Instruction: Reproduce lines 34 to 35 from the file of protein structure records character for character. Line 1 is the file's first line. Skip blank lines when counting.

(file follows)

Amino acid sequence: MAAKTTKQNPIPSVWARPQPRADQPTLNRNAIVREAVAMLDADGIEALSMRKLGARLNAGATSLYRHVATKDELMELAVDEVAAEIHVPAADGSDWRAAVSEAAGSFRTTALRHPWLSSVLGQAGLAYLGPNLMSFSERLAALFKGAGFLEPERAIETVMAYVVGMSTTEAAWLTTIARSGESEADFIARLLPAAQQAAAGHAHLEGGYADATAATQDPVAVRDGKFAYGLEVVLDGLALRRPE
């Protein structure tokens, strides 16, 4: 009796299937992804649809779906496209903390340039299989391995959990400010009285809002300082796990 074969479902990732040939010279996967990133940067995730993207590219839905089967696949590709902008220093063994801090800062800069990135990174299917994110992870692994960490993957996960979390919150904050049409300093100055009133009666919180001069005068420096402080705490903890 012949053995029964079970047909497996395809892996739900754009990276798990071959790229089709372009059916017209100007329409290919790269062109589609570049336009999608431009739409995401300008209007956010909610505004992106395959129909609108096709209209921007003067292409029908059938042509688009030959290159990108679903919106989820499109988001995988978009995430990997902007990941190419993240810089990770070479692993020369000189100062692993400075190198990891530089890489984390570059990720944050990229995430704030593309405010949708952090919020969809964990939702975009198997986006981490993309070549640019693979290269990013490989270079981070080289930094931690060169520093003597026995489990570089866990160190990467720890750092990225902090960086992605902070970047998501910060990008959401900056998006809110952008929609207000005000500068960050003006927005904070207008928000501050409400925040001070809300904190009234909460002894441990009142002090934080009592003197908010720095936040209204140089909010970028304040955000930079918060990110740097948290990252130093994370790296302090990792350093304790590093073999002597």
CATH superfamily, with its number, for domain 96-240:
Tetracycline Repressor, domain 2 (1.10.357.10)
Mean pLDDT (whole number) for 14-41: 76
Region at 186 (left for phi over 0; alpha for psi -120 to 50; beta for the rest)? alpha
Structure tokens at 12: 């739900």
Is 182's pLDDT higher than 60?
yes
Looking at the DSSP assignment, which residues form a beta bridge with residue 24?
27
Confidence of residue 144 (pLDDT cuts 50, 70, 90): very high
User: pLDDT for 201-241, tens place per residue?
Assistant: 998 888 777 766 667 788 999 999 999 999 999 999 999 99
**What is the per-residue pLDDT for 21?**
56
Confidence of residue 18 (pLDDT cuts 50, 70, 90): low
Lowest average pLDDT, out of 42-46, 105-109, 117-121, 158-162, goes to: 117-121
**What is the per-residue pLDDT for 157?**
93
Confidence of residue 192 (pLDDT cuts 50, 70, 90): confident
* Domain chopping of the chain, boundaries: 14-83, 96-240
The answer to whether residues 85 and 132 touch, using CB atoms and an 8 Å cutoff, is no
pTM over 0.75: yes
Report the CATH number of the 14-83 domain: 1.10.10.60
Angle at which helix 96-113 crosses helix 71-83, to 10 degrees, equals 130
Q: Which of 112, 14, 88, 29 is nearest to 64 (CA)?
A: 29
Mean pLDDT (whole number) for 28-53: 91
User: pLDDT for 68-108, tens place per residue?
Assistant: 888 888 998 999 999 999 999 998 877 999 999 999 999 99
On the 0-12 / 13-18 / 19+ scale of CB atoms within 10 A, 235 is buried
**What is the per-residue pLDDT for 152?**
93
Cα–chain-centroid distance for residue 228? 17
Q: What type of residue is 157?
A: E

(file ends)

93
Cα–chain-centroid distance for residue 228? 17